You know how your relatives come to town and you get roped into doing lame things with them? The Underground Tour solves this problem by creating a tour featuring the parts of Seattle that everyone, literally, cannot see because they are underground. The tour guides take you through dark and damp (and allergy-inducing) rooms. The rooms aren’t much, but the tour guides infuse them with stories of prostitution, illegal activity, bank robberies, sewage, and death. How’s that for fun with the family? This anecdote alone was worth the price of admission: In the 1900s, Seattleites used an elevated log as a sewage pipe, which would not only drip on people, but also wash their filth back into the city during high tide. Instead of fixing the whole walking-in-your-own-filth problem, high tide became front page news. So impress your friends and visitors, and go on the underground tour.



Posted By:  Sarah Sluis
Photo:  Sarah Sluis

Cowgirls Inc.
Cowgirls is the kind of place everyone needs to go at least once. Coyote Ugly-meets-Saddle Ranch, most self-respecting girls would go running for the exit. I was not one of them. The permanent half-price drinks for women soon make the atmosphere of the bar more hilarious than disturbing, and, if it’s a busy night, the drunk girls will get all lipstick feminism and dance on the bar with the equally scantily-dressed bartenders. Boys are not allowed to dance up high, as my guy friend learned when he tried to dance on a platform with my friend and was quickly dethroned by a security guard. There’s also a mechanical bull, where you have the chance either to prove your masculinity (males) or have camera phone pictures taken of you by creepy guys (females). All parties will have suspicious bruises on their inner thighs the next day. Just saying.



Posted By:  Gawel Feliga
Photo:  Gawel Feliga

New Orleans Creole
The New Orleans is a well-aging establishment in the Pioneer Square district. Decent food, good booze and solid jazz and blues music, played live every night. Now optimally, I would have left it at that, but if you really feel like you want to read reviews of places you should already be hanging out, I’ll elaborate. There’s a small stage on the left in the long lounge, covered with tile and wood tables. On the right is a portal leading to a heavy wood bar and a few more tables. Earlier in the day, you’ll find the regulars here. Having one too many. Chattering at the bartenders. As the sky darkens outside, the place gets livelier, more lights go on and the conversations begin to layer with dining noises. The band sets up. A wrinkled bachelorette in a leopard-print top goes out to smoke. A well-groomed, middle-aged couple finds a table near the bathrooms. A cascade of gruff and cackling laughter erupts from the bar. The trombone player slides into a falling note and the rest of the band jump in evenly, straight into an upbeat ragtime melody.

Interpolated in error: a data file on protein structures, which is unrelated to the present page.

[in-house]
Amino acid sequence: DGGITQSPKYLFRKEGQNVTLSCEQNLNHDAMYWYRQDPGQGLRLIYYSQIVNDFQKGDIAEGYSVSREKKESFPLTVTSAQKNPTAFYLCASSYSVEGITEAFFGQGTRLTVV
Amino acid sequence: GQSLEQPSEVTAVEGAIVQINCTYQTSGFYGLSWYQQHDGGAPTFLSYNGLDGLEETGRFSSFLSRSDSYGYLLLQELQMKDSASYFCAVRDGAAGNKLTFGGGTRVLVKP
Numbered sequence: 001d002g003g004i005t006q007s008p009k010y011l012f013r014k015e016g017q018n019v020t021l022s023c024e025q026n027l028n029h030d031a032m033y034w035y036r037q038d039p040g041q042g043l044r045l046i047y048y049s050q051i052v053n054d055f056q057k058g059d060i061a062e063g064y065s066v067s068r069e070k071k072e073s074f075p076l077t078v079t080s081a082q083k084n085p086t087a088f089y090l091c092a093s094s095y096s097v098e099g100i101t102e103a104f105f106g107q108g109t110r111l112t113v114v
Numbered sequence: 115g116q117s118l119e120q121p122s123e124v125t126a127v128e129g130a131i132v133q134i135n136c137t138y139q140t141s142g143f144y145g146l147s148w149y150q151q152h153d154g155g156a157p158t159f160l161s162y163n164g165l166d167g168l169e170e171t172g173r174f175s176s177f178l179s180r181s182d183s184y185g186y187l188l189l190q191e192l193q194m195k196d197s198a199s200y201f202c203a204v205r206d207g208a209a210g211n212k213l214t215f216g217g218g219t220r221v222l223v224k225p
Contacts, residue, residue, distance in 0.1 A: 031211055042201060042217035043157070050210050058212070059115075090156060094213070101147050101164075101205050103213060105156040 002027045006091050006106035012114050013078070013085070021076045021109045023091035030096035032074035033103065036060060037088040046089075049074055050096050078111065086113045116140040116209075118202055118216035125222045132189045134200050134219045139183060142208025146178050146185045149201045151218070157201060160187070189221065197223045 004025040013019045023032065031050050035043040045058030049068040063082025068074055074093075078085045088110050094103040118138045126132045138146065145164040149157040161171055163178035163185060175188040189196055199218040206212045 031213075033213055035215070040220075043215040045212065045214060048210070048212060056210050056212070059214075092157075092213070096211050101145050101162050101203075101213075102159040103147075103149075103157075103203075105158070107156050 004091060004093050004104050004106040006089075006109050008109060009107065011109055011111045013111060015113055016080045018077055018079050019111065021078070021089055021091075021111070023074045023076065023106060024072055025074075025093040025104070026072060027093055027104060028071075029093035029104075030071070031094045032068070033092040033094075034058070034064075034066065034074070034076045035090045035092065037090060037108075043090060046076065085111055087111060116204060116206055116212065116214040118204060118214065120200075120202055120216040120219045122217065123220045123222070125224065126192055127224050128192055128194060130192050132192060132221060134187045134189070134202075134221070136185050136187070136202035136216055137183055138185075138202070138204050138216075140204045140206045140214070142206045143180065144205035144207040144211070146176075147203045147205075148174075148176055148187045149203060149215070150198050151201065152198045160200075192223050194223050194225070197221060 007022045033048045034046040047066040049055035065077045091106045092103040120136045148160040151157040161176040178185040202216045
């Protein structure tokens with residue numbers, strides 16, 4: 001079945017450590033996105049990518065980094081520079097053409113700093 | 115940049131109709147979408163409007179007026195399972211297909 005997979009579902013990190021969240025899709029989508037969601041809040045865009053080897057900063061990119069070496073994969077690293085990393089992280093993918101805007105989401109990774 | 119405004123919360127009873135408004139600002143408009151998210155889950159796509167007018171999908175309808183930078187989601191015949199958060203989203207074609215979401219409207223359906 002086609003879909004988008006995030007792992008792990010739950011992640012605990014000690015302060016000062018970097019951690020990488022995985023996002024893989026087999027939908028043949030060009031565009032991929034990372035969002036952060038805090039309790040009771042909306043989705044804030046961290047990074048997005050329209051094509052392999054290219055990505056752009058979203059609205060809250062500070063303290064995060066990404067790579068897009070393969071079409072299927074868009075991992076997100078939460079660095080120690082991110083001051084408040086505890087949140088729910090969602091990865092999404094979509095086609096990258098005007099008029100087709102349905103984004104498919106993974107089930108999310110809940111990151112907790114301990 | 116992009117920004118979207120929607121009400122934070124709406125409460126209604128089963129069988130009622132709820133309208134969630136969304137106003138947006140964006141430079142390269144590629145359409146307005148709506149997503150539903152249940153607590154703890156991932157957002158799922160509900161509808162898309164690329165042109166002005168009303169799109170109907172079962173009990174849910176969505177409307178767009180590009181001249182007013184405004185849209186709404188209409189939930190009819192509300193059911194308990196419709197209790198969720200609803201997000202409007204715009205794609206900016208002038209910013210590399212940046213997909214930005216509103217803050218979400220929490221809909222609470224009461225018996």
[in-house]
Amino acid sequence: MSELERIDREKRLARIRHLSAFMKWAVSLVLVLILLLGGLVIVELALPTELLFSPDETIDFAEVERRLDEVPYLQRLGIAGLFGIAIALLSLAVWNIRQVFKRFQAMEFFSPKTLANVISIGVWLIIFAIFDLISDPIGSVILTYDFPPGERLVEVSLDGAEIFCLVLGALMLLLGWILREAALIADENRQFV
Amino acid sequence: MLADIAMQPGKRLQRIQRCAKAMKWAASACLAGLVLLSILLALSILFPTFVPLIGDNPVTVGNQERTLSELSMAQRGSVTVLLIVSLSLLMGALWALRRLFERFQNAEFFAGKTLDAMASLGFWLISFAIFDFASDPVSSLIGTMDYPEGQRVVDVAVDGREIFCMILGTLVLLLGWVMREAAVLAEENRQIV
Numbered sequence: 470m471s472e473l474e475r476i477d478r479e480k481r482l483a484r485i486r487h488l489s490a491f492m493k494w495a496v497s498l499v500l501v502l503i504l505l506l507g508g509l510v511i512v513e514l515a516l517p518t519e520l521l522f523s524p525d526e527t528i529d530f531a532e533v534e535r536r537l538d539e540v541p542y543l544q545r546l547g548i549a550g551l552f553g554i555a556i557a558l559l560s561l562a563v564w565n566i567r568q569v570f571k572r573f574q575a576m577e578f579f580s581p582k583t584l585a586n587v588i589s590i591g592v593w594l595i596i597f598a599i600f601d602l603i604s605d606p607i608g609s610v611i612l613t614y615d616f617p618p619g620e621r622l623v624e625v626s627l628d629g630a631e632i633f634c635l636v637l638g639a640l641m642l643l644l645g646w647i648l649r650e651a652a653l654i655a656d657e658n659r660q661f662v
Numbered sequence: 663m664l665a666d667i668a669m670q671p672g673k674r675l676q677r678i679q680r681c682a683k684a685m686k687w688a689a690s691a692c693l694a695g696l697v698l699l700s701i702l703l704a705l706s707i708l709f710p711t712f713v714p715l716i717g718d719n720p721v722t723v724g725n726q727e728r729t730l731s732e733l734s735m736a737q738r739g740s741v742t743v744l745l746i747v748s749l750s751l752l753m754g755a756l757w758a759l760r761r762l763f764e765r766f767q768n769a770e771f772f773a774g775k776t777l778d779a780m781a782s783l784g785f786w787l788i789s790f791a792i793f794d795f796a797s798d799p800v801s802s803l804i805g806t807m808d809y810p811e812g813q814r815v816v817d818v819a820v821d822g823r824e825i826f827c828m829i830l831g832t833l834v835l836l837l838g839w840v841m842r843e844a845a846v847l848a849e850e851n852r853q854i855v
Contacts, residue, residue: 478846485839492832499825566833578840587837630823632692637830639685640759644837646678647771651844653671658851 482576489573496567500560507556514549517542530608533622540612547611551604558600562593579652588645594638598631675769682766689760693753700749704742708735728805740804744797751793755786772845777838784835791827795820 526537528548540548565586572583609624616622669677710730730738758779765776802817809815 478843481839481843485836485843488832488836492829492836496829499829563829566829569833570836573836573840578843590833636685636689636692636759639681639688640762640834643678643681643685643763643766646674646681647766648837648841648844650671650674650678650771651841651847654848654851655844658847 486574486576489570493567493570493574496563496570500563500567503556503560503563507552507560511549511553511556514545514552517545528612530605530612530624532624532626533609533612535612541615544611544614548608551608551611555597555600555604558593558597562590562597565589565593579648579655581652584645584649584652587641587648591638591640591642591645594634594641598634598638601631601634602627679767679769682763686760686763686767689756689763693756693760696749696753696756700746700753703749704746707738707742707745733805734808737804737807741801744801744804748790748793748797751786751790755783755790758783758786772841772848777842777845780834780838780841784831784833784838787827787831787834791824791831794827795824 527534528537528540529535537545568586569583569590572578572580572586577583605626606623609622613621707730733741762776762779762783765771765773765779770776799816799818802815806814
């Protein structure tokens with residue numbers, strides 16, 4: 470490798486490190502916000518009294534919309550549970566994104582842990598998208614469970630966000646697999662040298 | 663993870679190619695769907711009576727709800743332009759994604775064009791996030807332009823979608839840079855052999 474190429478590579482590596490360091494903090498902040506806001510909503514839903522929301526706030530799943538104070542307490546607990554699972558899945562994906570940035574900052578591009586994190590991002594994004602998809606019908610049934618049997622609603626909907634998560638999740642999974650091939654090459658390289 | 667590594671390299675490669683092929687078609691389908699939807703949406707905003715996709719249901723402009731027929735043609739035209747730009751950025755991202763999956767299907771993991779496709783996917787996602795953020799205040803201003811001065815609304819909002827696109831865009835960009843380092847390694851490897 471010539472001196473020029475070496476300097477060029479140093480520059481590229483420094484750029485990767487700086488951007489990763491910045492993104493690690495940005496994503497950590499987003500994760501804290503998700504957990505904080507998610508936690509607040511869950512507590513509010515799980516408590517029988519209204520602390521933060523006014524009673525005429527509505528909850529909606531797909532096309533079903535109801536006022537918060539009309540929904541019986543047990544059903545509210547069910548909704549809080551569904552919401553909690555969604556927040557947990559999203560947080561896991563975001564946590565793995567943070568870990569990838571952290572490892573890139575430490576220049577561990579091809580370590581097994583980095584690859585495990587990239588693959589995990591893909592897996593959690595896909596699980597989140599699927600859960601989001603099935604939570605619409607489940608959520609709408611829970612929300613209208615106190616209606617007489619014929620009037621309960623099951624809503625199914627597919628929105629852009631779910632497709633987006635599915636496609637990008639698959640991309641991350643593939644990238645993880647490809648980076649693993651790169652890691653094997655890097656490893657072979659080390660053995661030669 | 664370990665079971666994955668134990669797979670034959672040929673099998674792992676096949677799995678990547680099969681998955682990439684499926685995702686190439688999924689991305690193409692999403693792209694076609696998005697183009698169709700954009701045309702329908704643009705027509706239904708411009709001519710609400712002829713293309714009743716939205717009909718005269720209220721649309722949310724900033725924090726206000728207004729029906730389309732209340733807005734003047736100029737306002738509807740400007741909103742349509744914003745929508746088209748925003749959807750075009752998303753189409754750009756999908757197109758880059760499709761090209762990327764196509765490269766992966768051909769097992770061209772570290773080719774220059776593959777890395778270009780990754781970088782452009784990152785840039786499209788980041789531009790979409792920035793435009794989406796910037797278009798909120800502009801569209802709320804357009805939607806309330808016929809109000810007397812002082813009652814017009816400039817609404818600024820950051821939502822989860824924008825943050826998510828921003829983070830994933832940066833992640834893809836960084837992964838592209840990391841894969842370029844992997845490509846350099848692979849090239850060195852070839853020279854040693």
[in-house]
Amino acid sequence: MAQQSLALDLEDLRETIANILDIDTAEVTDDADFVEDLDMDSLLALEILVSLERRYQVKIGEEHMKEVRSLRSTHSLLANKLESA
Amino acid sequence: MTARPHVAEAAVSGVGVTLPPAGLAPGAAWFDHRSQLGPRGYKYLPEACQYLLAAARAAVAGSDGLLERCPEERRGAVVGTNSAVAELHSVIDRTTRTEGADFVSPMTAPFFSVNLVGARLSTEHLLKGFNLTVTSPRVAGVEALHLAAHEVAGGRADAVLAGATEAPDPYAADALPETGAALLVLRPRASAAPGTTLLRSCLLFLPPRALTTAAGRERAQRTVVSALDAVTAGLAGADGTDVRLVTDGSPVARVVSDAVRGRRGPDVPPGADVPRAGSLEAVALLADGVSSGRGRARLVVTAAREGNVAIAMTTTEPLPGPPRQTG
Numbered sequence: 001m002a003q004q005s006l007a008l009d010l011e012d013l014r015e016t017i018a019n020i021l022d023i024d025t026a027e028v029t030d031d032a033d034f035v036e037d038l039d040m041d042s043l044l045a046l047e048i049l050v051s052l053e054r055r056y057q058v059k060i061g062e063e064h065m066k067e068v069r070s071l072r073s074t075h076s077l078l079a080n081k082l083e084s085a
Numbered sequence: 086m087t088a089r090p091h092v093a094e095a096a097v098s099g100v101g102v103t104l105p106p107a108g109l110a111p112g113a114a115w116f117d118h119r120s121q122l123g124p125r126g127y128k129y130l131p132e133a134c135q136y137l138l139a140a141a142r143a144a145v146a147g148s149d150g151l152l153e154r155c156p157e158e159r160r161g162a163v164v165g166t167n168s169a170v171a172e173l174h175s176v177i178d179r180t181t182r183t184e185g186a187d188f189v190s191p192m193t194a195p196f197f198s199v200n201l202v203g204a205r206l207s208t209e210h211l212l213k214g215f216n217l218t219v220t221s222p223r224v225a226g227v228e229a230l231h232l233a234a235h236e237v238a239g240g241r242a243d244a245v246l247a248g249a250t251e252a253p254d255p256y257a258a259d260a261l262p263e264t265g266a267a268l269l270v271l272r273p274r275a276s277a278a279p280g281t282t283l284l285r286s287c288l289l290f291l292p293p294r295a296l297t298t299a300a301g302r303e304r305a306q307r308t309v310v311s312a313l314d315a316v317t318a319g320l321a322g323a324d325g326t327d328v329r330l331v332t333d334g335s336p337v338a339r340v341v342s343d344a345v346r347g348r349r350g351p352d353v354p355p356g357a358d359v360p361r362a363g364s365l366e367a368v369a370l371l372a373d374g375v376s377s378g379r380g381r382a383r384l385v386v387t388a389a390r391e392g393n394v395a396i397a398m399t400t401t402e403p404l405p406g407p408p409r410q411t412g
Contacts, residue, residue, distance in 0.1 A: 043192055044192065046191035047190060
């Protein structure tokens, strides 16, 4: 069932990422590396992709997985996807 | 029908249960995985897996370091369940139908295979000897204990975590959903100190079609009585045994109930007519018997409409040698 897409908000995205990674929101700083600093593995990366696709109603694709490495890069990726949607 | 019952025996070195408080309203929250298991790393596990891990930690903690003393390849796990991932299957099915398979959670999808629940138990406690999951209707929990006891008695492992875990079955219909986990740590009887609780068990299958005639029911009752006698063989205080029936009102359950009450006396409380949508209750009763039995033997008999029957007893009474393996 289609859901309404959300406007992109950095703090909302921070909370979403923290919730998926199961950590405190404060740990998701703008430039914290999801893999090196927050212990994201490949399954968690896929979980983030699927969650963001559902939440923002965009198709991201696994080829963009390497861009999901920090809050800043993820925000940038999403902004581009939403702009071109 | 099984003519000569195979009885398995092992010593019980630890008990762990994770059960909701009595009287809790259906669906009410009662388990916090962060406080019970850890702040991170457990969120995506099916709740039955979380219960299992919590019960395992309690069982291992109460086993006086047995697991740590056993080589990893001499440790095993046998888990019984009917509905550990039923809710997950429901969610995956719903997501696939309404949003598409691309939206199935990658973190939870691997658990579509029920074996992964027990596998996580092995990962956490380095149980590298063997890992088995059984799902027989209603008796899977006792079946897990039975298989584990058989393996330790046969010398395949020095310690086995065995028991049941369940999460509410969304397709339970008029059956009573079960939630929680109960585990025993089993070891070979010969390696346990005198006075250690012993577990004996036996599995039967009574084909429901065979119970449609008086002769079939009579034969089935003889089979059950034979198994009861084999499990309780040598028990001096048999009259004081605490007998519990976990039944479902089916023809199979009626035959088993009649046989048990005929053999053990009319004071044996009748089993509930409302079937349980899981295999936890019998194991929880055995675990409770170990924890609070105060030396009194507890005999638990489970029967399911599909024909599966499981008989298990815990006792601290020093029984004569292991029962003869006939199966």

Posted By:  Gawel Feliga
Photo:  Gawel Feliga

Don’t bring your kids in here unless you’re ready to spend some money. In fact, if you’re broke or in a hurry, don’t go in at all. If you think you’re “all grown up,” I dare you to. This busy toy store in Pioneer Square is filled with kooky gadgets that light up, spin, twirl, bounce, and go “boing.” And if you don’t like things that go “boing,” I’m sure you’ll be able to find something that provides your favorite sound effect. If you don’t want to buy batteries, there are puzzles, stuffed animals, dolls (boy dolls too—uh, I mean action figures), toy cars and trucks, board games, balls, frisbees, books, magic tricks, yo-yos...You get the idea. If you’re not throwing things or trying to stuff them into your pockets, chances are nobody here is going to tell you “not to touch that” and you’ll probably have fun, which will result in the purchase of something hilariously useless (like a talking “Mister Rogers in Your Pocket” keychain). Resisting further temptation I paid for my new toy, dodged the battery-operated balls rolling dazily on the carpet, and headed for the exit, reminding myself that I should probably fill up my car before I get a $40 Muppet chess set.